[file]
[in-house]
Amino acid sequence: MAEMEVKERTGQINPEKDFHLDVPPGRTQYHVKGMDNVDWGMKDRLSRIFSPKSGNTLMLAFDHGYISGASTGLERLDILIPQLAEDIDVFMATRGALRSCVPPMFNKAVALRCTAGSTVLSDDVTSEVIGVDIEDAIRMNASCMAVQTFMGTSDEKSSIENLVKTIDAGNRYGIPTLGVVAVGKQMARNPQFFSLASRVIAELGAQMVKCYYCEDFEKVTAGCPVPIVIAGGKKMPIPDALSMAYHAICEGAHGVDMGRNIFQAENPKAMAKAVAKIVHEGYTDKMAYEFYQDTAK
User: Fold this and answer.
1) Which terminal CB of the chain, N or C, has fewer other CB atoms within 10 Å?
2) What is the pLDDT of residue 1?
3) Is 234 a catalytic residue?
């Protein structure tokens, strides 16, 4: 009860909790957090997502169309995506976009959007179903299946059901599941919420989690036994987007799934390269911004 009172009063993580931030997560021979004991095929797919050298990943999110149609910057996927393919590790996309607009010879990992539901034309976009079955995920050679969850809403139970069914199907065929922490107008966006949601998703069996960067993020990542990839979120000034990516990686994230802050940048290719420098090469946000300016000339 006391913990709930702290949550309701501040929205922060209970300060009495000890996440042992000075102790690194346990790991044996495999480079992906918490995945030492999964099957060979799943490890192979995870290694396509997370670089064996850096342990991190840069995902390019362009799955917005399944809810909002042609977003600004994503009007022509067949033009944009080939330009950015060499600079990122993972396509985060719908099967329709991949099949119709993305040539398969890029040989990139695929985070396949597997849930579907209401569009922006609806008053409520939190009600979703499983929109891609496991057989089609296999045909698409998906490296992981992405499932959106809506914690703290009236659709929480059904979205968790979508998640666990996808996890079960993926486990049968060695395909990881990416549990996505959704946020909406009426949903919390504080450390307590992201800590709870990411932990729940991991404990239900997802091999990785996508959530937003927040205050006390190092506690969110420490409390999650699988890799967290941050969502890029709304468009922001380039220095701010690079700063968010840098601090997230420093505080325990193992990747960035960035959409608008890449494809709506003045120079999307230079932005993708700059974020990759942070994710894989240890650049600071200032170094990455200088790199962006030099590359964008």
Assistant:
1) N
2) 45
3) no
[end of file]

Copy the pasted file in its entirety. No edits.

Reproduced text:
[in-house]
Amino acid sequence: MAEMEVKERTGQINPEKDFHLDVPPGRTQYHVKGMDNVDWGMKDRLSRIFSPKSGNTLMLAFDHGYISGASTGLERLDILIPQLAEDIDVFMATRGALRSCVPPMFNKAVALRCTAGSTVLSDDVTSEVIGVDIEDAIRMNASCMAVQTFMGTSDEKSSIENLVKTIDAGNRYGIPTLGVVAVGKQMARNPQFFSLASRVIAELGAQMVKCYYCEDFEKVTAGCPVPIVIAGGKKMPIPDALSMAYHAICEGAHGVDMGRNIFQAENPKAMAKAVAKIVHEGYTDKMAYEFYQDTAK
User: Fold this and answer.
1) Which terminal CB of the chain, N or C, has fewer other CB atoms within 10 Å?
2) What is the pLDDT of residue 1?
3) Is 234 a catalytic residue?
């Protein structure tokens, strides 16, 4: 009860909790957090997502169309995506976009959007179903299946059901599941919420989690036994987007799934390269911004 009172009063993580931030997560021979004991095929797919050298990943999110149609910057996927393919590790996309607009010879990992539901034309976009079955995920050679969850809403139970069914199907065929922490107008966006949601998703069996960067993020990542990839979120000034990516990686994230802050940048290719420098090469946000300016000339 006391913990709930702290949550309701501040929205922060209970300060009495000890996440042992000075102790690194346990790991044996495999480079992906918490995945030492999964099957060979799943490890192979995870290694396509997370670089064996850096342990991190840069995902390019362009799955917005399944809810909002042609977003600004994503009007022509067949033009944009080939330009950015060499600079990122993972396509985060719908099967329709991949099949119709993305040539398969890029040989990139695929985070396949597997849930579907209401569009922006609806008053409520939190009600979703499983929109891609496991057989089609296999045909698409998906490296992981992405499932959106809506914690703290009236659709929480059904979205968790979508998640666990996808996890079960993926486990049968060695395909990881990416549990996505959704946020909406009426949903919390504080450390307590992201800590709870990411932990729940991991404990239900997802091999990785996508959530937003927040205050006390190092506690969110420490409390999650699988890799967290941050969502890029709304468009922001380039220095701010690079700063968010840098601090997230420093505080325990193992990747960035960035959409608008890449494809709506003045120079999307230079932005993708700059974020990759942070994710894989240890650049600071200032170094990455200088790199962006030099590359964008």
Assistant:
1) N
2) 45
3) no